Language Selection

English French German Italian Portuguese Spanish

A Beaglebone, a Blender, a Board, and a Swarm.

Filed under

Hardware isn’t generally my thing. When it comes to software, I like to break and create. But in my opinion, hardware should just work. But even though that’s another story altogether, it did explain my apprehension when I greeted the UPS guy one morning delivering a BeagleBone Black.

Let’s begin with the BBB. It’s a computer the size of a credit card, which isn’t that impressive if you realise that your phone is a computer. I find the best way to explain it is in terms of two other products, the Arduino and the Raspberry Pi. The Arduino is a similarly sized (comes in multiple sizes though) controller where you can upload scripts, plug in a hardware circuit (wires and lightbulb, that sort of thing), and have it control the circuit. Despite its power in hardware control, it only has a small scripting interface for you to do your programming. The Raspberry Pi is the opposite. It’s a full Linux computer (based off Debian), but does not have proper hardware controls out of the box. The BBB provides the best of both worlds: a full Linux system (Angstrom Linux, but of course you can flash your own), and a ridiculous number of IO pins to control circuits. All this awesome power at 45USD.

The next step upon receiving this wonderboard was obvious. Let’s build a swarm of robots. Along with two university friends, Lawrence Huang and Gloria Nam, we set out planning the system.

rest here

More in Tux Machines

today's howtos/technical

Graphics: X.Org Foundation Board of Directors and Vulkan

  • Six Candidates Are Vying For This Year's X.Org Foundation Board
    There are six candidates running for this year's X.Org Foundation Board of Directors with four seats being open this election. Those six candidates for this year's X.Org elections include Eric Anholt (Broadcom), Robert Foss (Collabora), Bryce Harrington (Samsung), Keith Packard (HP), Laurent Pinchart (Ideas on Board), and Harry Wentland (AMD).
  • Vulkan 1.1.71 Released As The First Update To Vulkan 1.1
    The first point release to the Vulkan 1.1 release from earlier this month is now available. Vulkan 1.1 promoted a lot of functionality to core while also officially adding sub-groups and protected content support. This Vulkan 1.1.71 point release adds a new extension and fixes. This first point release to Vulkan 1.1 is officially version 1.1.71. This is because when Vulkan 1.1 was created, Khronos decided not to reset the patch number... Vulkan 1.1 was technically 1.1.70 and not 1.1.0. So now with this first update it's bumped to Vulkan 1.1.71.
  • AMDVLK Vulkan Driver Updated With Improvements For Sub-Groups & Multi-View
    The AMD developers working on their official cross-platform "AMDVLK" Vulkan driver have updated their open-source code-base for Linux users. On Friday the AMD developers pushed to the open-source repository their latest work, their first update since introducing Vulkan 1.1 support back on launch day earlier this month.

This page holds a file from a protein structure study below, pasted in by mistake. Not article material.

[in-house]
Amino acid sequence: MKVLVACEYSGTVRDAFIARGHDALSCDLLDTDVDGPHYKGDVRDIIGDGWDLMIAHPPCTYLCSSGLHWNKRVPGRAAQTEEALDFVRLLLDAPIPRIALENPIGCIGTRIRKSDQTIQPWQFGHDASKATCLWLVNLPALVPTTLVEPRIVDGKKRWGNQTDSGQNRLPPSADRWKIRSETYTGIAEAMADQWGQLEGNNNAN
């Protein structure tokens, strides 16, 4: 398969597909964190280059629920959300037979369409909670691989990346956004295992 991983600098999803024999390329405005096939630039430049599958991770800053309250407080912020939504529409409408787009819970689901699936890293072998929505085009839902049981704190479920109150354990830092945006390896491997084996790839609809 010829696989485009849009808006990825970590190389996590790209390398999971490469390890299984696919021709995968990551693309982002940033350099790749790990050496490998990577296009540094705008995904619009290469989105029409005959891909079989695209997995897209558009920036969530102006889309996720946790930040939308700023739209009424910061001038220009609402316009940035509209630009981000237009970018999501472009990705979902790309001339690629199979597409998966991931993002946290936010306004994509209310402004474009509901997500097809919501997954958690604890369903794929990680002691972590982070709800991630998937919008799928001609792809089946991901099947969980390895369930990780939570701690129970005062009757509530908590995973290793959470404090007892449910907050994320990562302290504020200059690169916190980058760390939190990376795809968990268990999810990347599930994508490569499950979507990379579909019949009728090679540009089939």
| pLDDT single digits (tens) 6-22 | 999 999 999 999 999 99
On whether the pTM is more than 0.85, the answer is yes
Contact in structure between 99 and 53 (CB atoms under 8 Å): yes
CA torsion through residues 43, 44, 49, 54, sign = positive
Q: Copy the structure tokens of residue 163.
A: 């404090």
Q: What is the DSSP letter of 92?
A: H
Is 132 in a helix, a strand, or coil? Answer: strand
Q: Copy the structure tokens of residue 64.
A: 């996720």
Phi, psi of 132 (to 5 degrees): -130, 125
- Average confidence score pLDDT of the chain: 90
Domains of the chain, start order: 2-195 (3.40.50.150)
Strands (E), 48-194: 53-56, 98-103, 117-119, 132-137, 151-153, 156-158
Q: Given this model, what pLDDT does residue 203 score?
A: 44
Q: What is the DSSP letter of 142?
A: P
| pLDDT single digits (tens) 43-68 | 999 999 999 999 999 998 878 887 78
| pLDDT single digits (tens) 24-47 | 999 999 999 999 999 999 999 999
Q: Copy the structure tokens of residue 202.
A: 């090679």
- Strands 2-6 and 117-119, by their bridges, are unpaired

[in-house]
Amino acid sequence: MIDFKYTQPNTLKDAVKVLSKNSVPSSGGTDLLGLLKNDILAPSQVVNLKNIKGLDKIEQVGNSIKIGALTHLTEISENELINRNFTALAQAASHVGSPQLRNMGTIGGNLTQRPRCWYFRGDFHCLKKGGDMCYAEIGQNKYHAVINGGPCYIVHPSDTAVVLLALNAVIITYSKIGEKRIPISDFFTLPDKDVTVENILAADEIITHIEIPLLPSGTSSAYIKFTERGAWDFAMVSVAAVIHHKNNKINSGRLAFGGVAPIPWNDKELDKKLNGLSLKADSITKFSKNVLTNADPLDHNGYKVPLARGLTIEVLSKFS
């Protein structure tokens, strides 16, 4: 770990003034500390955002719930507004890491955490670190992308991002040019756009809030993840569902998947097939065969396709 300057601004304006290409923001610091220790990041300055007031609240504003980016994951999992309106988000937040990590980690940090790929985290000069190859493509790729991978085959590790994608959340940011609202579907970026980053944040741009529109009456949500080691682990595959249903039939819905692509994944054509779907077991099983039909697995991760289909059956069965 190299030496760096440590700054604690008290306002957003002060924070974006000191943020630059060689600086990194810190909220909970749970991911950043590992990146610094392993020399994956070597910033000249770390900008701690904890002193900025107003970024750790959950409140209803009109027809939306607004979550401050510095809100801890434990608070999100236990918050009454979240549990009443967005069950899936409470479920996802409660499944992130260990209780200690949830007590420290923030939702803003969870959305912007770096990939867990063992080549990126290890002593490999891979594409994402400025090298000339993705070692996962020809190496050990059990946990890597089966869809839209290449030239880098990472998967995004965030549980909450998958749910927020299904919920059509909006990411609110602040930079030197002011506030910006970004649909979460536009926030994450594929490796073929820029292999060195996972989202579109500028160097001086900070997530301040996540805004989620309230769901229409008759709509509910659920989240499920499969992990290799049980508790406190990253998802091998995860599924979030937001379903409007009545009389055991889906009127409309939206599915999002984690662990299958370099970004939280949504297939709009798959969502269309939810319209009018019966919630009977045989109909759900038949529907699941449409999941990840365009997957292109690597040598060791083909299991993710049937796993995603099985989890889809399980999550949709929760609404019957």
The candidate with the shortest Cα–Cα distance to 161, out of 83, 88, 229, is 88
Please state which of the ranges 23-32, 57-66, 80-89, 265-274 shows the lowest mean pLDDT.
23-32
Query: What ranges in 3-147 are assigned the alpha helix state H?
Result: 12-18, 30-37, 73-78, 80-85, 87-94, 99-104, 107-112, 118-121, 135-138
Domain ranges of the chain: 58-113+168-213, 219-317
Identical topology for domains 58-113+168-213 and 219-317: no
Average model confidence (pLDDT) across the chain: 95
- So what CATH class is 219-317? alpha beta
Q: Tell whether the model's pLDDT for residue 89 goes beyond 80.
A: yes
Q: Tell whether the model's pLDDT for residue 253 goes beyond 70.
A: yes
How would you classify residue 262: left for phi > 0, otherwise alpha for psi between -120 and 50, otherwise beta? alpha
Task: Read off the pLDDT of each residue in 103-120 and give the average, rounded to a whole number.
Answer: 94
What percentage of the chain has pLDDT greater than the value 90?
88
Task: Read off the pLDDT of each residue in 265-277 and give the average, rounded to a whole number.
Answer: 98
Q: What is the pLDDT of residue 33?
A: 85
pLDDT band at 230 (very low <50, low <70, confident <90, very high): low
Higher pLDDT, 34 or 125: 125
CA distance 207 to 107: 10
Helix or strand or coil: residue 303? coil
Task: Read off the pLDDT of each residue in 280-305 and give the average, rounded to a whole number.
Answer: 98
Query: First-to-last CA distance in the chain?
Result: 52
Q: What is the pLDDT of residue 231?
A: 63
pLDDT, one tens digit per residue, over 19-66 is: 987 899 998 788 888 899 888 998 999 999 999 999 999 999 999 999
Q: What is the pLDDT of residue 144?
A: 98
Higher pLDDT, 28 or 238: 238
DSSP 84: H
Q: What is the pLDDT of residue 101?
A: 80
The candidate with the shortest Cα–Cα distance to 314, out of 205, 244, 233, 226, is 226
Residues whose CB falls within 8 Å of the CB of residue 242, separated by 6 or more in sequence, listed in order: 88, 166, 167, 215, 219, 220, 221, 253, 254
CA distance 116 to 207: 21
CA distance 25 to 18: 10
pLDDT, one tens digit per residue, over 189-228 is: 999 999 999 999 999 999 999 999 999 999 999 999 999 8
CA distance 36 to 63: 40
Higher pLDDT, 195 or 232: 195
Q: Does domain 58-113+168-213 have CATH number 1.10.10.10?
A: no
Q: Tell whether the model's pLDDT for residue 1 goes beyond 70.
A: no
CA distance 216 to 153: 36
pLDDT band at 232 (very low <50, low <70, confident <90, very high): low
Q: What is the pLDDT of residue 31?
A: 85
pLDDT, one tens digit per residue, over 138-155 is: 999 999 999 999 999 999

Programming: Google Opens Maps APIs, Survey, Firefox Addons and GCC

  • China's open source AI, a GitHub tool for licensing, and more news
  • Google Opens Maps APIs and World Becomes Dev Playground
    Google this week announced that it will open its Maps APIs to video game developers, which could result in far more realistic settings in augmented reality games. With access to real-time map updates and rich location data, developers will have many choices of settings for their games. The APIs will provide devs with what Google has described as a "living model of the world" to use as a foundation for game worlds. Developers will have access to more than 100 million 3D buildings, roads, landmarks and parks from more than 200 countries around the globe.
  • Developers dread Visual Basic 6, IBM Db2, SharePoint - survey
    Stack Overflow’s annual survey has revealed the tools and tech that developers love to hate: Visual Basic 6, IBM Db2 and SharePoint. According to the poll, which took in the views of more than 100,000 devs, Rust is the most loved programming language for the third year running. It is closely followed by Kotlin, which makes its debut in the survey. [...] At the other end of the spectrum is Visual Basic 6, which has been voted most dreaded programming language. Visual Basic 6 is also linked to lower pay, with Stack Overflow saying that devs using it are “paid less even given years of experience”.
  • [Firefox] March Add(on)ness: Momentum (2) vs Grammarly (3)
  • Intel SGX Enclave Support Added To GCC
    The latest feature addition to the GCC compiler this week is support for Intel's new "ENCLV". ENCLV is a new intrinsic that is part of the Intel Software Guard Extensions (SGX). The Enclave happens to be a trusted execution environment embedded into a process with isolated memory regions of Enclaves are protected areas of execution and the ENCLV instruction is needed to put application code into that special mode.

BSD: HAMMER2, Split, and ZFS

  • HAMMER2 Gets Many Fixes On The Latest DragonFlyBSD Git
    The HAMMER2 file-system has been available with install-time support since DragonFlyBSD 5.0 while the latest Git code continues to revise this next-generation FS for DragonFly. Landing overnight in DragonFlyBSD were several HAMMER and HAMMER2 improvements.
  • [Older] Exploring permutations and a mystery with BSD and GNU split filenames

    In summary, gsplit's default file naming behavior is to add a letter to the prefix and suffix of a filename whenever it reaches 26^r - 26 files (with r being the current length of the suffix), so you don't need to worry about running out of filenames (just disk space, haha).  

  • Turbocharging ZFS Data Recovery

    Besides being able to display the new debug information, zdb has another new feature that brings its capabilities on par with the kernel: the ability to set global libzpool variables.